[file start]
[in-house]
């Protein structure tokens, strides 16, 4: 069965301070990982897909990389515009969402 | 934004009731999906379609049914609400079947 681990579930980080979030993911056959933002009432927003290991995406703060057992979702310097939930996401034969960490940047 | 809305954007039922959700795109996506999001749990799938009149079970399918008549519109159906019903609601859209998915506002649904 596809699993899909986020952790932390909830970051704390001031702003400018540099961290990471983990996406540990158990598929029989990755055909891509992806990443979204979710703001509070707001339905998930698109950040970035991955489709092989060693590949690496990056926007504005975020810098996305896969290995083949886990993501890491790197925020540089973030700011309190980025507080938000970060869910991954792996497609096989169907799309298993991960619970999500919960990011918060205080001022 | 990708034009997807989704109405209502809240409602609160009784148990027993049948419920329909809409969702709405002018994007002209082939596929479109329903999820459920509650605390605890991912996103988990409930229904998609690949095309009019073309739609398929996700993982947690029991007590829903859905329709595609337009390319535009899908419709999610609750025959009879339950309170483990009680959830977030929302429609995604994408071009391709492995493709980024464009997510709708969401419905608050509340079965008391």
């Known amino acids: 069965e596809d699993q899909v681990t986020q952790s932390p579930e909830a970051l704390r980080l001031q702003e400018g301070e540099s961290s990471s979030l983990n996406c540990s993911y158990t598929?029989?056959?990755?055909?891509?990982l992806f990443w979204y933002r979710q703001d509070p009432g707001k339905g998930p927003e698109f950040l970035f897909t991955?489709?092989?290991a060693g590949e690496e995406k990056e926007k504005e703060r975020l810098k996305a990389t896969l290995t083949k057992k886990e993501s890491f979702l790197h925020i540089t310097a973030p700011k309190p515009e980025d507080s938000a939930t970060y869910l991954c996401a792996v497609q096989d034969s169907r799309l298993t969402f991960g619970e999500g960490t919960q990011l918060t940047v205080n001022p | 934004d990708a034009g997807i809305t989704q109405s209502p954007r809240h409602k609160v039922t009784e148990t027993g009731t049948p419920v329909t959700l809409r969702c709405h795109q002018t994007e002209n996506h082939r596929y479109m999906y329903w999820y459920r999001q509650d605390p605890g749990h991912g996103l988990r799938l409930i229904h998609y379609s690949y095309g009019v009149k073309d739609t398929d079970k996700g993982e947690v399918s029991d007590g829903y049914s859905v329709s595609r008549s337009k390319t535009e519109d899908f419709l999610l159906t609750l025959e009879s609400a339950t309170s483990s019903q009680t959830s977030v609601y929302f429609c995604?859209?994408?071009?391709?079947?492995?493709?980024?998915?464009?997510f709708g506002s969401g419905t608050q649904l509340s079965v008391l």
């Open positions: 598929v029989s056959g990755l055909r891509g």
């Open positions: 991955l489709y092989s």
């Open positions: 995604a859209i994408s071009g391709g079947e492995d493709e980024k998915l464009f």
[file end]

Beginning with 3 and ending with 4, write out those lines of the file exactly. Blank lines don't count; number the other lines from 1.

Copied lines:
């Known amino acids: 069965e596809d699993q899909v681990t986020q952790s932390p579930e909830a970051l704390r980080l001031q702003e400018g301070e540099s961290s990471s979030l983990n996406c540990s993911y158990t598929?029989?056959?990755?055909?891509?990982l992806f990443w979204y933002r979710q703001d509070p009432g707001k339905g998930p927003e698109f950040l970035f897909t991955?489709?092989?290991a060693g590949e690496e995406k990056e926007k504005e703060r975020l810098k996305a990389t896969l290995t083949k057992k886990e993501s890491f979702l790197h925020i540089t310097a973030p700011k309190p515009e980025d507080s938000a939930t970060y869910l991954c996401a792996v497609q096989d034969s169907r799309l298993t969402f991960g619970e999500g960490t919960q990011l918060t940047v205080n001022p | 934004d990708a034009g997807i809305t989704q109405s209502p954007r809240h409602k609160v039922t009784e148990t027993g009731t049948p419920v329909t959700l809409r969702c709405h795109q002018t994007e002209n996506h082939r596929y479109m999906y329903w999820y459920r999001q509650d605390p605890g749990h991912g996103l988990r799938l409930i229904h998609y379609s690949y095309g009019v009149k073309d739609t398929d079970k996700g993982e947690v399918s029991d007590g829903y049914s859905v329709s595609r008549s337009k390319t535009e519109d899908f419709l999610l159906t609750l025959e009879s609400a339950t309170s483990s019903q009680t959830s977030v609601y929302f429609c995604?859209?994408?071009?391709?079947?492995?493709?980024?998915?464009?997510f709708g506002s969401g419905t608050q649904l509340s079965v008391l």
């Open positions: 598929v029989s056959g990755l055909r891509g």